Are Fox News and rightwing media making plans for a post-Trump future?

Luke O'Neil
Photograph: Eduardo Munoz/Reuters

It’s often said that hosts on Fox News are playing to an audience of one. Increasingly, he does not like what he’s seeing.

On Thursday Donald Trump lashed out at the typically loyalist network following a Fox News poll that found that 51% of respondents wanted to see the president impeached and removed from office and an additional 4% said he should be impeached but not removed.

“From the day I announced I was running for President, I have NEVER had a good @FoxNews Poll,” he tweeted on Thursday. “Whoever their Pollster is, they suck.”

Fox News is “much different than it used to be in the good old days”, he added, going on to catalogue a series of hosts and contributors to the network that have displayed insufficient deference in his estimation. Fox News “doesn’t deliver for US anymore. It is so different than it used to be.”

The comments echoed a similar sentiment he expressed in August, writing: “We have to start looking for a new News Outlet. Fox isn’t working for us anymore!”

Trump, may, however be cheered after Friday afternoon’s news that the Fox News anchor Shepard Smith – who recently criticized him – is leaving the network.

Popularity

It’s tempting to frame Fox News as playing a subservient roll to the president, but in truth it’s always been more of a symbiotic partnership, with the popularity of one bolstering the other and vice versa.

As fractures within the Fox network have grown, and many of their news anchors have become more stridently critical of Trump following the revelations of the impeachment inquiry, it may well be that Fox News, and other conservative media, are starting to wonder if it might be wise to make plans for a post-Trump future.

Outside of Fox News, another arbiter of the prevailing political winds on the right has long been Matt Drudge, whose website is a major driver of traffic to rightwing news sources.

As CNN noted, Drudge has become particularly aggressive in covering news of the impeachment inquiry of late, including giving prominence to stories about Fox News personalities such as Andrew Napolitano – who called Trump’s actions “criminal and impeachable” – and Shepard Smith’s suggestion Trump may have broken the law.

Related: Fox News host Tucker Carlson dismisses white supremacy as 'a hoax'

Even Tucker Carlson took to the pages of the website he founded, the Daily Caller, to criticize Trump for pressuring a foreign leader for his own personal political gain this week. There is “no way to spin this as a good idea”, he wrote. Carlson remains a staunch supporter of Trump on his Fox News program, but here, he’s hedging his bets.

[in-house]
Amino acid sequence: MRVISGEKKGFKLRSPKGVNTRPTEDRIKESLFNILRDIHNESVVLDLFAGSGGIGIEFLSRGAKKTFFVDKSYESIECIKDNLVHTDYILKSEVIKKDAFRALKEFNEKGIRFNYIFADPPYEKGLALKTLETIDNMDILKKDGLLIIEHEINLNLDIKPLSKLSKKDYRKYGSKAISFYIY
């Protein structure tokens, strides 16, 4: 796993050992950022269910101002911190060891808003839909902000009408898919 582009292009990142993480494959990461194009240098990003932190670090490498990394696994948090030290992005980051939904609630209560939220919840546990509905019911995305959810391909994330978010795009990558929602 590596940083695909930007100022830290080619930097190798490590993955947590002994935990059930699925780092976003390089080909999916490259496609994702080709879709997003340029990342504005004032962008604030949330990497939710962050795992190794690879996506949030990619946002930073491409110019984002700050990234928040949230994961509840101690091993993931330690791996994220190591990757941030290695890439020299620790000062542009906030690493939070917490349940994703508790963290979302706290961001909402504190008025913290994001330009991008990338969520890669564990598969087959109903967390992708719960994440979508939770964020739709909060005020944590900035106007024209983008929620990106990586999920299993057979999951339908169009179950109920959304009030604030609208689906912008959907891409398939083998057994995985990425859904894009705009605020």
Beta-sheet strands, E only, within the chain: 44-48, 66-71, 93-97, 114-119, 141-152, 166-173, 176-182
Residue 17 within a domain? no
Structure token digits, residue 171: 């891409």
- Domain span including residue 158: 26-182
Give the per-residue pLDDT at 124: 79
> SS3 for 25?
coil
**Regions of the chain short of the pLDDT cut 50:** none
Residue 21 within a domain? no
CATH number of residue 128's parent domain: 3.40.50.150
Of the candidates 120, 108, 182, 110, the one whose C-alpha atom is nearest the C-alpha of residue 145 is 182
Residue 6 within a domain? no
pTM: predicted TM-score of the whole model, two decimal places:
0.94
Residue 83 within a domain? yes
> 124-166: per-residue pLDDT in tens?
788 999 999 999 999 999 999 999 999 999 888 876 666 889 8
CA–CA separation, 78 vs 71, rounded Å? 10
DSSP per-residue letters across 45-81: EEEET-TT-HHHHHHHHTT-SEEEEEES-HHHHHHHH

Previous reports of the demise of the Trump-Fox marriage may have been greatly exaggerated, and the news about Smith will be seen by some as evidence of its health, but arguably there does seem to be something different this time around. The mounting evidence in the impeachment inquiry is not helping, and Trump’s reckless actions in Syria this week have drawn criticism from a number of reliably lockstep supporters, like Republican senator and Senate judiciary committee chairman Lindsey Graham, who called it “the biggest blunder of his presidency”. Fox & Friends’ Brian Kilmeade called the decision “disastrous”. Breitbart also ran a critical story.

No doubt many of Trump’s supporters relish his breaking of political and governing norms, but it’s also possible his abandonment of US allies, his refusal to cooperate with a lawful impeachment inquiry and the mounting allegations of obstruction of justice may turn off a small but significant enough percentage of Republican voters who held their noses to cast their ballot for him in 2016.

Related: Trump abandoning Kurds could cost support of evangelical Christians

Remaining Trump defenders like Rush Limbaugh have noted the shift in Drudge’s coverage. Limbaugh too has pointed to the new tenor at Fox News, saying it should now be called “Fox Never Trumper Network”.

Unable to countenance even the most minor of criticism, Trump has reportedly come to consider more extreme sites like Breitbart, and networks like OAN as his remaining trusted bulwarks of support, but the reach of either, or track record for setting the political agenda, pales in comparison to that of Fox News, or Drudge for that matter.

For all their manifold faults, Fox News as an institution is nothing if not savvy arbiters of the shifting political winds. Anchors like Smith and Chris Wallace, and contributors like Napolitano who have become regular critics of Trump, seem to be slowly introducing the concept of a break with Trump to the Fox News audience piece by piece, as a trial balloon.

How it will be received by the audience remains to be seen, but the existence of the conservative electorate and ratings do not rest wholly on the success of one man.